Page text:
Abnormal heat, droughts, floods and other extreme weather events in Europe are directly related to deviations from the “routes” of high-altitude jet streams in the troposphere over the North Atlantic, climatologists found. In particular, the deflection of the jets to the north leads to droughts in northwestern Europe, and a deviation to the south – to fires in south-eastern Europe. Especially this effect has become noticeable since the 60s of the XX century, when the frequency of such events has greatly increased, scientists write in an article published in Nature Communications.
High-altitude jet streams – winds with high velocities (more than 25 meters per second) – are observed in the upper layers of the troposphere, at altitudes from 5 to 16 kilometers. They affect the formation of weather and climate on a global scale. In particular, El Niño, the active phase of temperature and direction changes in the water currents in the Pacific, leads to the displacement of high-altitude jet streams, which in turn affects the distribution of tropical cyclones. And if the Pacific jet streams exert a greater influence on the American climate, the weather in Europe is more sensitive to a change in the direction of high-altitude flows in the polar region.
To study the possible relationship between climatic changes in Europe and the direction of the North Atlantic jet stream, a group of climatologists from the USA and Switzerland, led by Valerie Trouet of the University of Arizona, compared the anomalies of this stream with historical records of extreme weather events in Europe. To estimate the deviations of atmospheric fluxes, scientists used data obtained from annual rings on trees in the British Isles and in the northeastern Mediterranean.
As a result, climatologists managed to restore information about the approximate direction and strength of the high-altitude jet stream every August, beginning in 1725. In some cases, the accuracy of this method was rather low, but in this way it was possible to obtain a qualitative picture in almost 300 years, during which no climatic observations were made. To obtain information on jet streams from 1978 to the present, scientists used data from modern meteorological measurements. The authors note that the maximum speed for the North Atlantic high-altitude jet stream in winter, but even for summer weather, it has a rather strong effect.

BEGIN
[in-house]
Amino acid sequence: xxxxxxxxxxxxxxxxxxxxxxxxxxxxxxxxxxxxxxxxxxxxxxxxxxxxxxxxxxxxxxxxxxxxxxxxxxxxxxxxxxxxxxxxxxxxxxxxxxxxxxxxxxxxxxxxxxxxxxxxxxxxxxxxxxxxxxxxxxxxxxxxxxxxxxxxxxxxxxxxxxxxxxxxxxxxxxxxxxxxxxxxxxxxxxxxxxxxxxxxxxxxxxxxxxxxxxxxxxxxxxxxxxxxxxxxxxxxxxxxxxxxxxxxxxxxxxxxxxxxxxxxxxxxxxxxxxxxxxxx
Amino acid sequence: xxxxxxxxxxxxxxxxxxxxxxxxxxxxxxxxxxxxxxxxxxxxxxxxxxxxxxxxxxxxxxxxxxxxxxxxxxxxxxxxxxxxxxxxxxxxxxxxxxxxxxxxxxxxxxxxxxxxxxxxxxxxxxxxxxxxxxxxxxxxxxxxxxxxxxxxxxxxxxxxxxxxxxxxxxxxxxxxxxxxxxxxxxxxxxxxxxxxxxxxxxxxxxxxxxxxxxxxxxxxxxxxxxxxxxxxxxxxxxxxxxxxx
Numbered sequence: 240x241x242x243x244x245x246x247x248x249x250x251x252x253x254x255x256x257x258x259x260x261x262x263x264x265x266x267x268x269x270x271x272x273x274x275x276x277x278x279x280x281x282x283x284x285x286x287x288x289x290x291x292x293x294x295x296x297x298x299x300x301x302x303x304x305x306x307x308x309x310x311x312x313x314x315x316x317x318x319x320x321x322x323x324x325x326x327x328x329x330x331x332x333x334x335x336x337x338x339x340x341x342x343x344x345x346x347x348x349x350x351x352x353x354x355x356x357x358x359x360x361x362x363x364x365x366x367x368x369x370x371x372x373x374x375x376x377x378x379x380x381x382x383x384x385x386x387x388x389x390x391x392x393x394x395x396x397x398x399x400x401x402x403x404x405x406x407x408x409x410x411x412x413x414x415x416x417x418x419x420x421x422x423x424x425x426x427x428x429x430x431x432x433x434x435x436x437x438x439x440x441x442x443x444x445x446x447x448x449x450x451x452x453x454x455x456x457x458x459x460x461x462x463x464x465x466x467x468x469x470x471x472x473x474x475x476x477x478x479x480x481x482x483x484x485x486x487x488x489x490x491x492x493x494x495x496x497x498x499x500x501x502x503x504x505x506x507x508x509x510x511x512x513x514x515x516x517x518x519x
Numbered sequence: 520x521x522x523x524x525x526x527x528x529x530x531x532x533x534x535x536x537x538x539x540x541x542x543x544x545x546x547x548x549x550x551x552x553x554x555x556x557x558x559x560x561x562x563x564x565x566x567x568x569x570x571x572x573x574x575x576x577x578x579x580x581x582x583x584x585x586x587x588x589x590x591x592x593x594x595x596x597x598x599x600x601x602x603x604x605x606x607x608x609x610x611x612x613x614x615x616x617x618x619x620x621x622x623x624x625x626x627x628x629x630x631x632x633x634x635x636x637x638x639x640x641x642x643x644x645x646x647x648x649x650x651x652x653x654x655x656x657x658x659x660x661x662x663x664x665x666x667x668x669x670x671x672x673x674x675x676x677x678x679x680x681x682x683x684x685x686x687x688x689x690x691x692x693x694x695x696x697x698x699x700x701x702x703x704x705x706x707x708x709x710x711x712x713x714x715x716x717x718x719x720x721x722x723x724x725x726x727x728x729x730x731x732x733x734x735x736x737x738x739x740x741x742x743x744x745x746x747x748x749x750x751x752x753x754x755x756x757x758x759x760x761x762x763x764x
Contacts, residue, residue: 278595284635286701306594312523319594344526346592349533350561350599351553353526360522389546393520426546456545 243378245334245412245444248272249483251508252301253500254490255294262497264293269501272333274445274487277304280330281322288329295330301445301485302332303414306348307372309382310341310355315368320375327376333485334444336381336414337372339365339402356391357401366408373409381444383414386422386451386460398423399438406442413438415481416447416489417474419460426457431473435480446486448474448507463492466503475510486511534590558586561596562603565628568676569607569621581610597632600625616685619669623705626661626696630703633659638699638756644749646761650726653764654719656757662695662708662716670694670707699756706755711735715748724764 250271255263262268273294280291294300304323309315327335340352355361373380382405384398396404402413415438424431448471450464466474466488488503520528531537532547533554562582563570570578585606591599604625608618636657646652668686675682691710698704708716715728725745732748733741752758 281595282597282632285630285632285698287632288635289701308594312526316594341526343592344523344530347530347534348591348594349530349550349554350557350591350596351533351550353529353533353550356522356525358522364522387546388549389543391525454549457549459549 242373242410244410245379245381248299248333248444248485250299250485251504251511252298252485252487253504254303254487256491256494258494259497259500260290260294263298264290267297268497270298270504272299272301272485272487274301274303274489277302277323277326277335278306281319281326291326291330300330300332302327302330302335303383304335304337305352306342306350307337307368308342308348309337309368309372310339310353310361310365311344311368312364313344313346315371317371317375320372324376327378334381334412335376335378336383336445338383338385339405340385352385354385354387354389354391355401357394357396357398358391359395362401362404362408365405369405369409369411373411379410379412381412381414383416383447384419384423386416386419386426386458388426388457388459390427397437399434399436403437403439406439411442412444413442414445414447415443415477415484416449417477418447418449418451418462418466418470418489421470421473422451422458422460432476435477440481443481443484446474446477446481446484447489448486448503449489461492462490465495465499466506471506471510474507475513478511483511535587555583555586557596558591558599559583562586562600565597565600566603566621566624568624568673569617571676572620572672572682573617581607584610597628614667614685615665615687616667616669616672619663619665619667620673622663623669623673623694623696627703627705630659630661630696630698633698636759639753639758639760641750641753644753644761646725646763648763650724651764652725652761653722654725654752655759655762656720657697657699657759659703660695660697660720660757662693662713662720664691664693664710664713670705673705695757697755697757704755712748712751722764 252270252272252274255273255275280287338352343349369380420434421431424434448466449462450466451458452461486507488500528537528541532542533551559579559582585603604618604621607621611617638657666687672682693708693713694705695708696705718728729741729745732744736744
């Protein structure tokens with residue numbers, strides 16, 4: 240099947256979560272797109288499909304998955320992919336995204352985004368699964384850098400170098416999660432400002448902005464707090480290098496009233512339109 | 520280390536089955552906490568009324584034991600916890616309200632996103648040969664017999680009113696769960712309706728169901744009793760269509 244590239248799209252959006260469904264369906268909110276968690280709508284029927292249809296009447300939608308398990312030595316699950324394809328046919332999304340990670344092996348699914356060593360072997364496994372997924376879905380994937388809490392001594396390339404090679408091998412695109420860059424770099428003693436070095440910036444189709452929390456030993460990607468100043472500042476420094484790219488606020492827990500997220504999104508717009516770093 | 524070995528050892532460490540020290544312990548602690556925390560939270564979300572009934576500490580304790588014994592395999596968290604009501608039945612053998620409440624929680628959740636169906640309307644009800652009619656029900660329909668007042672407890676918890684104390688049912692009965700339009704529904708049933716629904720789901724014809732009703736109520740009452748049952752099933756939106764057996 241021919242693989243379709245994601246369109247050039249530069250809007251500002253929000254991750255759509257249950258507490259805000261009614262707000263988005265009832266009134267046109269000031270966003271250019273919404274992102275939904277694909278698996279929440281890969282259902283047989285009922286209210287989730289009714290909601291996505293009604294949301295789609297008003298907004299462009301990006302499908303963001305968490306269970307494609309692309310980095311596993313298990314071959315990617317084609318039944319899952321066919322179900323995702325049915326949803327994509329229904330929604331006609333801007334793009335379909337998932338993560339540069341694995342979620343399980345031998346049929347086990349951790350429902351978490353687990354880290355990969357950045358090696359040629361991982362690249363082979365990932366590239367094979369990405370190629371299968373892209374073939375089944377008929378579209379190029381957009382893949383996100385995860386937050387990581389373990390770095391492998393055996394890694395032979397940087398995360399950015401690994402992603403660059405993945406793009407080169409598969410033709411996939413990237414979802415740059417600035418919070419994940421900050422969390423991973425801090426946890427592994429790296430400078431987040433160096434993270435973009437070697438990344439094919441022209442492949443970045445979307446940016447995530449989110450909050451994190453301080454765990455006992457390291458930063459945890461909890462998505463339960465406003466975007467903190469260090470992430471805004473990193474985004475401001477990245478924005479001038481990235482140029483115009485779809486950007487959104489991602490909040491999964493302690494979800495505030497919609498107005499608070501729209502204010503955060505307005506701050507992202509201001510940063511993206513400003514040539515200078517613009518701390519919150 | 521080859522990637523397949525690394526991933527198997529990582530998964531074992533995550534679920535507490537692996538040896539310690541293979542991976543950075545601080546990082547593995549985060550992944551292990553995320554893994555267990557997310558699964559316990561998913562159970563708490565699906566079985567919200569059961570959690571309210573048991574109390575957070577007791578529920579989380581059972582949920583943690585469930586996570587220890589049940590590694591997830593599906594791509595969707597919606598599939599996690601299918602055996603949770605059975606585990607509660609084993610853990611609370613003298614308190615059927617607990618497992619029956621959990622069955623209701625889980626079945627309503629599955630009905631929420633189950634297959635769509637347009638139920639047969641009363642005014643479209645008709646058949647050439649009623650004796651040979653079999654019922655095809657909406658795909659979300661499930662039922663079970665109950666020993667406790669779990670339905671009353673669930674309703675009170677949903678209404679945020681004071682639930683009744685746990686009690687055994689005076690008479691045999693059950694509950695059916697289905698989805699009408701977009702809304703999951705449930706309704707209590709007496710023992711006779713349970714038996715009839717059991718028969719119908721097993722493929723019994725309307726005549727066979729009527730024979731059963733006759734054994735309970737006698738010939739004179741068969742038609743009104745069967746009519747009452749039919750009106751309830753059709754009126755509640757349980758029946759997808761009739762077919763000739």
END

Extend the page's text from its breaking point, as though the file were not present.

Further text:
Scientists have shown that the correlation between the anomalies of atmospheric flows and extreme weather in Europe does exist. In particular, the deviation of the north-Atlantic jet stream to the north leads to droughts and anomalous heat in northwestern Europe, with rain and floods increasing in southeastern Europe during this period. At the same time, the shift of flows in the south direction, on the contrary, causes fires in south-eastern Europe and floods in the British Isles.
In addition, climatologists have found that since the 60s of the XX century, the frequency and amplitude of the oscillations of the direction of the polar jet stream have sharply increased. This has become one of the mechanisms to more and more often reach record temperatures in the summer, an increase in the number of fires and other manifestations of extremely hot weather.
Scientists note that polar jet streams (in particular the North Pacific stream), which combine into a single system with a North Atlantic stream, lead to a change in weather in North America. For example, their bias led to an increase in cold weather in the northern part of the continent and droughts in California.
If high-altitude jet streams in the Earth’s atmosphere can interfere with air travel and have a negative impact on the climate, then high-speed flows in the atmospheres of other celestial bodies have their shortcomings from the human point of view. In particular, jet streams on exoplanets conceal biomarkers from telescopes and prevent scientists from determining the presence of life on them.